The Government's moves to permanently abolish tree protection rules for those not already named on district plans will be further strengthened by a proposed law change, an expert says.
Russell Bartlett, a specialist resource management barrister of Shortland Chambers in Auckland, said the Resource Management Reform Bill, introduced to Parliament last week, restated the Government's original intent about the way councils interpreted tree protection rules.
The bill, expected to reach select committee stage early next year, would stop councils giving general defence to individual trees over a certain height or girth and groups of trees, Bartlett said.
If the changes go ahead next year, it will be easier for people to remove trees which councils might now argue are protected.
He was poised to go to the Environment Court next month, on behalf of the Property Council, seeking clarification on many points to ensure councils did not misinterpret the law.
He had already filed the application for declarations under section 311 of the RMA on general tree protection provisions in the Auckland Council District Plan.
But that was overtaken by the new Resource Management Reform Bill, he said yesterday.
That bill is "clarifying that a tree protection rule can only apply to a tree or group of trees that is specifically identified in a schedule to a plan by street address or legal description of the land, and that a group of trees means a cluster, grove, or line of trees that are located on the same or adjacent allotments identified by precise location".
Amendments to the Resource Management Act in 2009, which originally introduced changes to tree laws, came into force in January and abolished rules for non-protected trees - those not scheduled on district plans.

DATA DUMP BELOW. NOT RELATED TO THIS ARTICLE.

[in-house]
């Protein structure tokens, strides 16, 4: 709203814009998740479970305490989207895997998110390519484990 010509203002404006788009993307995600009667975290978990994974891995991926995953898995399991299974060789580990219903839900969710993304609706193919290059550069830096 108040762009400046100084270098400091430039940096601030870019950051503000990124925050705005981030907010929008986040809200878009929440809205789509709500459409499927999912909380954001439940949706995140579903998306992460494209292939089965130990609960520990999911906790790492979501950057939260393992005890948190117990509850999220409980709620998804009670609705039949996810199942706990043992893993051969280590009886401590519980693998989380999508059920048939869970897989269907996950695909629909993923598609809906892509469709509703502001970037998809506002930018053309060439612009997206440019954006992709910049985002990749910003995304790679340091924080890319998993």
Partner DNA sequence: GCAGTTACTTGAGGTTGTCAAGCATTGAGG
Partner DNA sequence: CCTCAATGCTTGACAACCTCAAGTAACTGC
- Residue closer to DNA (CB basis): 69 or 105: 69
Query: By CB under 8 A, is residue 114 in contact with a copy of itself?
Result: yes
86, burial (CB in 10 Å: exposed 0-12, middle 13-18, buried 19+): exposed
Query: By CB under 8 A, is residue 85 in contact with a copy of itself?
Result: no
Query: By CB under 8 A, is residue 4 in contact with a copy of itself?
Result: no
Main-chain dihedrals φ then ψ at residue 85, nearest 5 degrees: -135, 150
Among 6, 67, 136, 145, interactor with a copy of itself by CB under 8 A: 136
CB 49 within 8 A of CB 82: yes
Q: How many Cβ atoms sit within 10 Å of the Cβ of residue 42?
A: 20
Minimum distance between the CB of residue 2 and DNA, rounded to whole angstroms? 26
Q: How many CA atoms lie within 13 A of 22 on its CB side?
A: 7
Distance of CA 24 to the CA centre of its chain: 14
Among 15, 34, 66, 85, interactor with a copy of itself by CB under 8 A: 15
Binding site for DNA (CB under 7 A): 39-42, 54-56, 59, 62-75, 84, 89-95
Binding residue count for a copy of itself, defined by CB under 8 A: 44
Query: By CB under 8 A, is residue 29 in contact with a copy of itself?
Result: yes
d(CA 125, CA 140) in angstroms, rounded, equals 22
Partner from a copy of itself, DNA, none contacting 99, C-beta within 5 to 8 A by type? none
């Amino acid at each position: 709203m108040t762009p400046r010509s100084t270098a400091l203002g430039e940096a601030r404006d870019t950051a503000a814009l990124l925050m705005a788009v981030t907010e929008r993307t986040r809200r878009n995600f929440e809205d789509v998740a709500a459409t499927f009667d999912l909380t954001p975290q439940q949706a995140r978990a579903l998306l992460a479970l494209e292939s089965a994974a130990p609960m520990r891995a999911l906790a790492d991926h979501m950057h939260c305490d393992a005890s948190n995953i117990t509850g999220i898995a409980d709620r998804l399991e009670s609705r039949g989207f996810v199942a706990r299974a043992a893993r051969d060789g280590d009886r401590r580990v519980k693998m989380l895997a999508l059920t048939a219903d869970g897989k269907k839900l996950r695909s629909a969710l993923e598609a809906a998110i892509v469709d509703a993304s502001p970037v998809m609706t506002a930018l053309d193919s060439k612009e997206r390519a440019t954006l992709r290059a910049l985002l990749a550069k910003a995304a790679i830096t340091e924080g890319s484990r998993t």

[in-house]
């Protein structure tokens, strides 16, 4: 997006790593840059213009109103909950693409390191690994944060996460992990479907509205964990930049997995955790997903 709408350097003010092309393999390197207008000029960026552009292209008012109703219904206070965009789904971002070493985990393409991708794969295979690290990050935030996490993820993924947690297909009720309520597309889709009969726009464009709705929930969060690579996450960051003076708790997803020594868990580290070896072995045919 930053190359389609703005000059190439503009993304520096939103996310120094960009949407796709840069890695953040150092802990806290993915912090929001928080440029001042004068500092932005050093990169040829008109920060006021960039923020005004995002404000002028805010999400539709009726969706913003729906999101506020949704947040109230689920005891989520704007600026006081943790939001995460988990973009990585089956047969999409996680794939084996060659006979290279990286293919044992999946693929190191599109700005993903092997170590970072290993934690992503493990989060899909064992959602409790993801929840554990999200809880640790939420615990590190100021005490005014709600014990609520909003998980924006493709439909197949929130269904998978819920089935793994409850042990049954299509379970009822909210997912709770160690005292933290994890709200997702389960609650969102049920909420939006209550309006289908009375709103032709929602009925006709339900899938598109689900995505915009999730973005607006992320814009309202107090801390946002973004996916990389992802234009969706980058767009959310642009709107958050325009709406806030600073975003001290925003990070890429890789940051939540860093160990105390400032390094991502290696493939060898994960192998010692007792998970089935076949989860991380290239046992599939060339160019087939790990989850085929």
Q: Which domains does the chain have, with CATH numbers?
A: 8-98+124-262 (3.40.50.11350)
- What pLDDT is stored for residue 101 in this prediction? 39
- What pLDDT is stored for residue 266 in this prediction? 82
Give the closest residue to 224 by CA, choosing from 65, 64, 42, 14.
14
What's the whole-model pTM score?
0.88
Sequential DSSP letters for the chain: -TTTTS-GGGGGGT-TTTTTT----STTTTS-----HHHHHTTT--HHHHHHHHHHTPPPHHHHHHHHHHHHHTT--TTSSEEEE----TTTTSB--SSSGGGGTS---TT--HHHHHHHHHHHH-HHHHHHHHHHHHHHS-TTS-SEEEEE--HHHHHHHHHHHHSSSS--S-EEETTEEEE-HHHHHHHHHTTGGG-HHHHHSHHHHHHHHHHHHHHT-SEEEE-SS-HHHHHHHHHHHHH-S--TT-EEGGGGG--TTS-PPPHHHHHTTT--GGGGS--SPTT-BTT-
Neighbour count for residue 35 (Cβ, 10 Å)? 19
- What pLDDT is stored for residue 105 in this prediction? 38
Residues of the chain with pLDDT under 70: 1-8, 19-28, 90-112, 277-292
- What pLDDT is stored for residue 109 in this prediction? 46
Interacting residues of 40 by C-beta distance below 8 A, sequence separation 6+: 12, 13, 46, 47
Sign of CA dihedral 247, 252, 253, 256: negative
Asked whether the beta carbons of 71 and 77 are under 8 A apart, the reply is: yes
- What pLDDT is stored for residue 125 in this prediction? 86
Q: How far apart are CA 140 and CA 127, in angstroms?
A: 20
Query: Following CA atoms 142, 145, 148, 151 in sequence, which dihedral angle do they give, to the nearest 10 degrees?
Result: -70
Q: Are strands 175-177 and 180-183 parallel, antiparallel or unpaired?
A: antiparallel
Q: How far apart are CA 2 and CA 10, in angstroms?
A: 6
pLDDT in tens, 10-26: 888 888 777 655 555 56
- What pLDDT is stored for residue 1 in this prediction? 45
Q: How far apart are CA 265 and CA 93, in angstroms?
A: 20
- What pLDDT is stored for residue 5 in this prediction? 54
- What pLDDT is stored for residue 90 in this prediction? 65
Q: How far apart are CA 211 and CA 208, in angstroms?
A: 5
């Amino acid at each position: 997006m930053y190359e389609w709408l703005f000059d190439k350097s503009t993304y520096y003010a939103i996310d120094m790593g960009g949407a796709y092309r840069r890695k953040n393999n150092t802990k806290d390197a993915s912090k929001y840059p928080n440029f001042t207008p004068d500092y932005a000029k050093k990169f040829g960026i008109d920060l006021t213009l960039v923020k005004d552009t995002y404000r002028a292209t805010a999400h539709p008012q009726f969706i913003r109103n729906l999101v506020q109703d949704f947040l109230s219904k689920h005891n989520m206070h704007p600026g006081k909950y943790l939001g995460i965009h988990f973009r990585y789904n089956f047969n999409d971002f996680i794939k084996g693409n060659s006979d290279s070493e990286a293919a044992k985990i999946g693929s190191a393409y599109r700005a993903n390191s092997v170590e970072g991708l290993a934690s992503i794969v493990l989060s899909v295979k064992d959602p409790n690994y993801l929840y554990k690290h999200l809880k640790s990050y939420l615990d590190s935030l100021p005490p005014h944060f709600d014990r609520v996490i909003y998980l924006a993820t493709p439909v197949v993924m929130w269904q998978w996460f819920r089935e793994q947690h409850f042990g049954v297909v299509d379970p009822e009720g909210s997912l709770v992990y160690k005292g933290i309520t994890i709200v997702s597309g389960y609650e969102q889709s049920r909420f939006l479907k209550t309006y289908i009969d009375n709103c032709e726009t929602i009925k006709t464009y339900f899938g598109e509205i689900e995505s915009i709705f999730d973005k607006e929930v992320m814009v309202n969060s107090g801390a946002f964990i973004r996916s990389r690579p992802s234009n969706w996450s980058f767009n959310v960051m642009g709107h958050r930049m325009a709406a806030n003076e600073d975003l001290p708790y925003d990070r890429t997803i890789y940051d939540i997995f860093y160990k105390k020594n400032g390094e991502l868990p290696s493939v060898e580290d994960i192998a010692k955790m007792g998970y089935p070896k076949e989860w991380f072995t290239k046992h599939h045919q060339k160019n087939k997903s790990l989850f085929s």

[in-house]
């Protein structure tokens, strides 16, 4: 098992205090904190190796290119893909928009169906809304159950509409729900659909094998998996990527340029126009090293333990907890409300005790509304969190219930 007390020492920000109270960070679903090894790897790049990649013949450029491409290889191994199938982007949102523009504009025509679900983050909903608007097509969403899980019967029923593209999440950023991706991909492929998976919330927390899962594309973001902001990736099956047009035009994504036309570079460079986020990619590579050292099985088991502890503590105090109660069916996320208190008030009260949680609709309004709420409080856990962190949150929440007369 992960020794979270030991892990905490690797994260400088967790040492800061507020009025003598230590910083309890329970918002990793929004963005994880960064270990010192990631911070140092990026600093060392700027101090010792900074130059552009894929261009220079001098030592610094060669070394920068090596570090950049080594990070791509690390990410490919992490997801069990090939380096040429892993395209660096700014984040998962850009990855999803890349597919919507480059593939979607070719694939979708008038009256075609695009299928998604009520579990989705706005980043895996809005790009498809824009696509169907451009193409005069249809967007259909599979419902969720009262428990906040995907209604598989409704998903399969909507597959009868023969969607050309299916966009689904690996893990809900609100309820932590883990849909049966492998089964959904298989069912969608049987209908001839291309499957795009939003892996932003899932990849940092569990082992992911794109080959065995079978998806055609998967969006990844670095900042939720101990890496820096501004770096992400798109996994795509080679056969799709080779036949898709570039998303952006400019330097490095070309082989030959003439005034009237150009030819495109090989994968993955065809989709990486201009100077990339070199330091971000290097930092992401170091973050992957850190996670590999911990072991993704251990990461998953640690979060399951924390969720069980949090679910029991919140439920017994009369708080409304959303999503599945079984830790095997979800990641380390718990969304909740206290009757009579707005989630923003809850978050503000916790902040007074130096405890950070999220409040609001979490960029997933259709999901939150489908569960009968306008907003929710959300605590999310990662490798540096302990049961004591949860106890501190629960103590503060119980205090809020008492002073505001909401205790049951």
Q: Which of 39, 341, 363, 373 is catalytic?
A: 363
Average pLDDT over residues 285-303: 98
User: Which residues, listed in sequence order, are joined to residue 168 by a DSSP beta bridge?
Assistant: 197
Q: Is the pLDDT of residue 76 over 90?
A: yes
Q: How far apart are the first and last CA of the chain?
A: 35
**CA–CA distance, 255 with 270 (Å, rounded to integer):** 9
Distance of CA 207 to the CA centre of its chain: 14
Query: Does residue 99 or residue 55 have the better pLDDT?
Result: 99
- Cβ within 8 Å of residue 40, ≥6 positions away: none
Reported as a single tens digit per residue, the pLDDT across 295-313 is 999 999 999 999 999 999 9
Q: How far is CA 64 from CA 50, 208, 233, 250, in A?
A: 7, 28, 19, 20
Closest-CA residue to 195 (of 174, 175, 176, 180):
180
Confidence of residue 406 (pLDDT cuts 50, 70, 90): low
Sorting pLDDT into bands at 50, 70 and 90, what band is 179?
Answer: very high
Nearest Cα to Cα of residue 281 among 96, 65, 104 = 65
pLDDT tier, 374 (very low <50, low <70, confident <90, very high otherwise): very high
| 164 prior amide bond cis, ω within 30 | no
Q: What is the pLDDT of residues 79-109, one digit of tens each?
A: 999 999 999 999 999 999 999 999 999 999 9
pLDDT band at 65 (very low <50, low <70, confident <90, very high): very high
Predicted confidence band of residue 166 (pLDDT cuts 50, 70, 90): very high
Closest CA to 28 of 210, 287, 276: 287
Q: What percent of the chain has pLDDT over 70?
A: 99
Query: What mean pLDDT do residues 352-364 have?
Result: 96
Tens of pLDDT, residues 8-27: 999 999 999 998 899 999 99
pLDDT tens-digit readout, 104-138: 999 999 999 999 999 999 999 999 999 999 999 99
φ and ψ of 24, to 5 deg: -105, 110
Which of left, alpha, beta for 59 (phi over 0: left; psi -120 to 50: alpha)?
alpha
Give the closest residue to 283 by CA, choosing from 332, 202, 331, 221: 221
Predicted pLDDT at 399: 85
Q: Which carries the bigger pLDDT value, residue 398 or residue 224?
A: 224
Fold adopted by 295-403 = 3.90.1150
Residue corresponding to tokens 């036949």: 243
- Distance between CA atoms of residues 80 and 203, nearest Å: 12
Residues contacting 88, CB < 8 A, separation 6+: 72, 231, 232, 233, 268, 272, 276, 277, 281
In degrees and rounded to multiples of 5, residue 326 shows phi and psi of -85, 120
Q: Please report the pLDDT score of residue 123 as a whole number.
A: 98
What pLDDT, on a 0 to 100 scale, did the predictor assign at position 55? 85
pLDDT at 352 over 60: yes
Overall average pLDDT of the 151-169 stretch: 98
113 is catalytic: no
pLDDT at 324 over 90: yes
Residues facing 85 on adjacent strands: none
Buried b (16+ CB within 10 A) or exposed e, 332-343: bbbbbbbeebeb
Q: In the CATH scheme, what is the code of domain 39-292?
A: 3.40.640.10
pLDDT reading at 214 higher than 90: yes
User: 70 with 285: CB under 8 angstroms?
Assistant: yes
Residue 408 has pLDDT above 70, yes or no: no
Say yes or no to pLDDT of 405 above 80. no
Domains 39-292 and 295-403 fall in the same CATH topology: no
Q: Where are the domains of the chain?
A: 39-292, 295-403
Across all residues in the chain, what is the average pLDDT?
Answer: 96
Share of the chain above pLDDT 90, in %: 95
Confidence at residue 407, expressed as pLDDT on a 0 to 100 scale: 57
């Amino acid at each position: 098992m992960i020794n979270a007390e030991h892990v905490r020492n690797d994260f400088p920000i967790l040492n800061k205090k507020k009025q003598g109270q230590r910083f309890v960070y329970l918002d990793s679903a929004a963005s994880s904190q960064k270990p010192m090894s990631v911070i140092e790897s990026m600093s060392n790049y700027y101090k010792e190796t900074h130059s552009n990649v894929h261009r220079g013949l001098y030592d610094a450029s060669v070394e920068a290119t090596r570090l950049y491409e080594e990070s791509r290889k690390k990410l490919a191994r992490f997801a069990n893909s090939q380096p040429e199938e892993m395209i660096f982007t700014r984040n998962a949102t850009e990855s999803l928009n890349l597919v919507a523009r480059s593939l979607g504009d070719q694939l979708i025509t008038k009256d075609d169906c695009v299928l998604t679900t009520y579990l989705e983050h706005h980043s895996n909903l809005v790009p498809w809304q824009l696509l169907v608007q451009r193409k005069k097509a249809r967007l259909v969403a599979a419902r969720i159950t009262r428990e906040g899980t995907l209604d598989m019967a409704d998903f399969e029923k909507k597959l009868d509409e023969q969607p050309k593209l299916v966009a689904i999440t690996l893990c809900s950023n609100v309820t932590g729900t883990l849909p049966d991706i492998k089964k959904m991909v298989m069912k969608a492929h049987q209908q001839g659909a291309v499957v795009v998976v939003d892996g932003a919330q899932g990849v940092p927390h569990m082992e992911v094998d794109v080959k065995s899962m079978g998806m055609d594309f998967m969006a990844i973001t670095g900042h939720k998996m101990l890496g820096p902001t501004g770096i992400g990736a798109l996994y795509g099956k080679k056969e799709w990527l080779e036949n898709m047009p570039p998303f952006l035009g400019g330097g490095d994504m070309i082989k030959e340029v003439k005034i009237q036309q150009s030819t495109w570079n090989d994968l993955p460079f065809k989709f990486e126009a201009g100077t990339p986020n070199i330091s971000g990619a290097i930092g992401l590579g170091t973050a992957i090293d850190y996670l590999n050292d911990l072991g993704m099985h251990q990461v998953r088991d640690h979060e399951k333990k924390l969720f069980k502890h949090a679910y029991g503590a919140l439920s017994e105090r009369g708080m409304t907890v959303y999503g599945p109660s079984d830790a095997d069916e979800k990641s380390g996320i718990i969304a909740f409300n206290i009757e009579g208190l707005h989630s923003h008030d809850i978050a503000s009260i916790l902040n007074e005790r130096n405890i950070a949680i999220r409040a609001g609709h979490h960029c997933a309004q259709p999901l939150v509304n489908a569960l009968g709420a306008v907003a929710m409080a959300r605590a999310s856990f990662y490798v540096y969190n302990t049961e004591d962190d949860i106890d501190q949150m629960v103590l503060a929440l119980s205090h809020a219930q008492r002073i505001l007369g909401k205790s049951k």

However, Waitakere City Council, North Shore City Council and Auckland Council used an Environment Court decision from Judge John Jackson last year to keep the status quo.
Bartlett said this had allowed the old laws to reign.
"Judge Jackson's view of the 2009 amendment was that councils could claim that trees 100km apart were part of the same 'group of trees' because they were of the same species and were over a certain height," Bartlett said.
"Councils could protect trees that they had not seen or evaluated simply by issuing a general description. That was exactly what the 2009 amendment outlawed," he said.
"Judge Jackson's decision came as a surprise to resource management practitioners, and also to Auckland Council.
"The council got far more than it asked for in the 2011 proceedings and was not planning to fully defend the outcome in the hearing scheduled for next January," Bartlett said.
"Regrettably our efforts to negotiate an agreed position with council representatives were not supported by the politicians who did not wish to be seen as giving away their unexpected gift from the court," he said.
The original law change, and the latest proposed amendments, will put the onus on councils, not residents, over the issue of which trees are protected, he said. Councils must identify a specific tree, or a group of trees, if they want them retained.
Auckland Council said in January that in 2009, Parliament amended the Resource Management Act 1991 to remove general tree rules in urban areas from January 1 this year.
"Many people thought this meant that any tree could be cut down from January 1, 2012. This is not the case," the council said. "Due to a decision by the Environment Court, a number of general tree rules will continue to be enforced. Therefore, you may still require a resource consent from January 1, 2012 before you can carry out any tree work on your property."
Barrister Stuart Ryan said Auckland tree protection rules were in a muddle. Judge Jackson's decision had "validated many of the types of general tree protection rules which the Government had intended to revoke", Ryan said.
But he said exactly which general tree protection rules remained in force throughout the Auckland region was a matter of legal uncertainty.
Issue: 10 per cent of all resource consent applications deal with trees.
Government stance: Wants to remove red tape to simplify process.
Auckland Council: Went to Environment Court to overturn law change.
Now: Government strengthening law change on tree protection.